If imagination is the vehicle by which we understand and apprehend the reality of biblical truth, how do we activate its power? In preaching, it is language that is the instrument—embodied in the words of Scripture and our own words—which God uses to stimulate the imagination. Much has been said about the importance of visual images in today’s culture, but it is language that is the primary gateway to the imagination.
It is possible to tell a story by images alone. There may be instances where a single picture is worth a thousand words, but there are things which language can do that no picture is capable of doing.
As J.R.R. Tolkien observed in his essay “On Fairy-Stories,” the faculty of vision enables us to see the green grass and appreciate its beauty. The capacity of the human mind for generalization and abstraction allow us to distinguish the green grass from other things and see that it is green as well as grass. “But how powerful, how stimulating to the very faculty that produced it, was the invention of the adjective: no spell or incantation in Faërie is more potent.”21
This capacity for language not only enables a person to become a kind of sub-creator through the story, but has the potential to ignite the spark of awe. Through language “[w]e may put a deadly green upon a man’s face and produce a horror; we may make the rare and terrible blue moon to shine; or we may cause woods to spring with silver leaves and rams to wear fleeces of gold, and put hot fire into the belly of the cold worm.”22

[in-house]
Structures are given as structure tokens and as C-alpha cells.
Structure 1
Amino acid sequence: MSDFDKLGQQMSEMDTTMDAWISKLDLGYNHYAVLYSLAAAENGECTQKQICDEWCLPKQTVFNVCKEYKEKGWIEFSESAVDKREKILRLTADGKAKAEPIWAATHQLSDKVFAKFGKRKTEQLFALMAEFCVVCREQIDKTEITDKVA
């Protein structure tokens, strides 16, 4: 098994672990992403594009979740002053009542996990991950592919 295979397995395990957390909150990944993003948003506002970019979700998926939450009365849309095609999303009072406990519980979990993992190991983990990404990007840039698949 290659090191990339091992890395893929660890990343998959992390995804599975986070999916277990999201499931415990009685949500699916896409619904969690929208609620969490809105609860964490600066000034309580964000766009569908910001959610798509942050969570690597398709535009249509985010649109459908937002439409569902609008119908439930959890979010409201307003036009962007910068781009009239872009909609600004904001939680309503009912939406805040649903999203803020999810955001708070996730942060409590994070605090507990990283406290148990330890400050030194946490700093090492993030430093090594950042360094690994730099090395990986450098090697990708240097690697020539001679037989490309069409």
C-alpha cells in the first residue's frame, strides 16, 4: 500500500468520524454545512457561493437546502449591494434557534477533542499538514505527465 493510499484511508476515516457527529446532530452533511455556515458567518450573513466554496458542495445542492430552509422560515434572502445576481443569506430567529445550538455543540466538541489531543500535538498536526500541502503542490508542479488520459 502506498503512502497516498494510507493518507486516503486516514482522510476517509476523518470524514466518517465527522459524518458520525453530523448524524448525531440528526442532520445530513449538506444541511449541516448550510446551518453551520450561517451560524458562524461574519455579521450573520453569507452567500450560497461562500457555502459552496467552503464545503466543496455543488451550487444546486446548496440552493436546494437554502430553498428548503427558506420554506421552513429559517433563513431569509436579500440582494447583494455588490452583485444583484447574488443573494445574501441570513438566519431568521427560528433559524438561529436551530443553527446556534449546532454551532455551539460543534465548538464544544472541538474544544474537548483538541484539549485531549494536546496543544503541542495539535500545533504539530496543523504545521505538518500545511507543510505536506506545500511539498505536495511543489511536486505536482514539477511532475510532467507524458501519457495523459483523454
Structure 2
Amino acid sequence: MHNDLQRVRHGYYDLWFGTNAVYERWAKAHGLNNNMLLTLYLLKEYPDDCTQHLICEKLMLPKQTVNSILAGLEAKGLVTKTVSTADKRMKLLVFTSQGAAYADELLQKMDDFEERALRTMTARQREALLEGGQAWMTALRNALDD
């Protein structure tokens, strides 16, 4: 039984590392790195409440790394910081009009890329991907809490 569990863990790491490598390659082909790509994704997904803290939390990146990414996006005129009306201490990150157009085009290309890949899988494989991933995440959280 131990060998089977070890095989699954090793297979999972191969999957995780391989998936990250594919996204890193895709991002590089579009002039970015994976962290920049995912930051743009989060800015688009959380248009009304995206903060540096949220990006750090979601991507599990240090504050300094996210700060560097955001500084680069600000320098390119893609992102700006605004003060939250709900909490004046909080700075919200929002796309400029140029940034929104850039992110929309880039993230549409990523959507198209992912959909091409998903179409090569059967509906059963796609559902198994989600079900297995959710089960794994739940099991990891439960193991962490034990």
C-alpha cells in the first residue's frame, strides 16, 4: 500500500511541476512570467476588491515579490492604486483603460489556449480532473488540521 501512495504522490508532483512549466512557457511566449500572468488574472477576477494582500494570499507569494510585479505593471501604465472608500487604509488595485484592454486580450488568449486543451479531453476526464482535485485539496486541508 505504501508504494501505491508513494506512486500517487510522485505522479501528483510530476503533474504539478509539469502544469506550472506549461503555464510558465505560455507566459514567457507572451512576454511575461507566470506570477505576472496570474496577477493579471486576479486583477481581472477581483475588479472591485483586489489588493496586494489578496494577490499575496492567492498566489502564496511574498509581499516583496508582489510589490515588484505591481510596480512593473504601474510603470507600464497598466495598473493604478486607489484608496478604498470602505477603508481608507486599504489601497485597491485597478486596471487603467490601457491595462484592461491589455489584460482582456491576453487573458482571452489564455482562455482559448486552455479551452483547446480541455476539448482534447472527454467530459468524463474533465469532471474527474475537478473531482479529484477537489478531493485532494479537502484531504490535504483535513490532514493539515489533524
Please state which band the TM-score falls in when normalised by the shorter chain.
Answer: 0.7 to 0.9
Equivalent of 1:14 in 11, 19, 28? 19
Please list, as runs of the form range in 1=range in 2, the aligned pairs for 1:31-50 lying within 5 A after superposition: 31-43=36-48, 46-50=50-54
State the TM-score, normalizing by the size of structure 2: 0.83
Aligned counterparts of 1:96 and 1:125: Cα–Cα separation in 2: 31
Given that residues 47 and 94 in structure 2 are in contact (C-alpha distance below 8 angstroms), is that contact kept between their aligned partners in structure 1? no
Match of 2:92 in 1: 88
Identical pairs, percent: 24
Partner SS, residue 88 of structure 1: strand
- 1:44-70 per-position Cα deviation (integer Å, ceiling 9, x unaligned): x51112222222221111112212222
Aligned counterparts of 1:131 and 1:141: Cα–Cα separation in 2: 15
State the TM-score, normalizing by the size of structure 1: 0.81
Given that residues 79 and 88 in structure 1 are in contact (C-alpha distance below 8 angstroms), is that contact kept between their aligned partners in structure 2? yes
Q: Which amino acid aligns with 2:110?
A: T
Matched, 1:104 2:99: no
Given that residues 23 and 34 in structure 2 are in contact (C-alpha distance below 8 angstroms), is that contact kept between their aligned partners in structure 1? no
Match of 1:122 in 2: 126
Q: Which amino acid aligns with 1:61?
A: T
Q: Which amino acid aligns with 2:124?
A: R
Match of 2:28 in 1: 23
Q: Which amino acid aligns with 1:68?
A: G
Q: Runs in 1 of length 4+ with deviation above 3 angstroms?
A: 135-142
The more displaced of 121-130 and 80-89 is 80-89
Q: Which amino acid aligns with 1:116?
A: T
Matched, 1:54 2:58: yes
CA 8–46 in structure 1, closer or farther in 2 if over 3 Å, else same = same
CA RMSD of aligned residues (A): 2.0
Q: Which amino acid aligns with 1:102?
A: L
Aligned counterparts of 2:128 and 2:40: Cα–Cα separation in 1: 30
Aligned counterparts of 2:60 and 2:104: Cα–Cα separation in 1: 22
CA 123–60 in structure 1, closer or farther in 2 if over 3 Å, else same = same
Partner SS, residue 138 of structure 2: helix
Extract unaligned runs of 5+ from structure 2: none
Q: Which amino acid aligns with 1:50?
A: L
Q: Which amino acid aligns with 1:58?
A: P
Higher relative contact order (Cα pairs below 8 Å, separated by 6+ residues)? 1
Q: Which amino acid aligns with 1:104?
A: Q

It is just this hidden sense that we seek to stir when we speak to the imagination in preaching. When we do, we are not pressing into service something that is alien to the nature of God’s Word or appealing to the lower nature of our audience.
According to the 19th century Scottish preacher John Ker: “The tokens of man’s highest nature lie not in his being able to comprehend, but in his ability to feel that there are things which he cannot comprehend, and which he yet feels to be true and real, before which he is compelled to fall down in reverent awe.”23 Indeed, Ker warns that it is dangerous to deny or ignore the heart’s need for this sense of wonder. When this happens the heart takes revenge, seeking its nourishment “either in trifles or in morbid and unnatural shapes.”24
According to Ker, our need for the experience of awe is manifested in three ways, first, by a craving for the new and fresh. God Himself is unchanging, but His creation is marked by constant change. God has created us to be explorers. “Man’s mind cannot long remain in a state of monotony without something like pain,” Ker warns, “or, if it does, it is a sign of the low level to which the mind has sunk.”25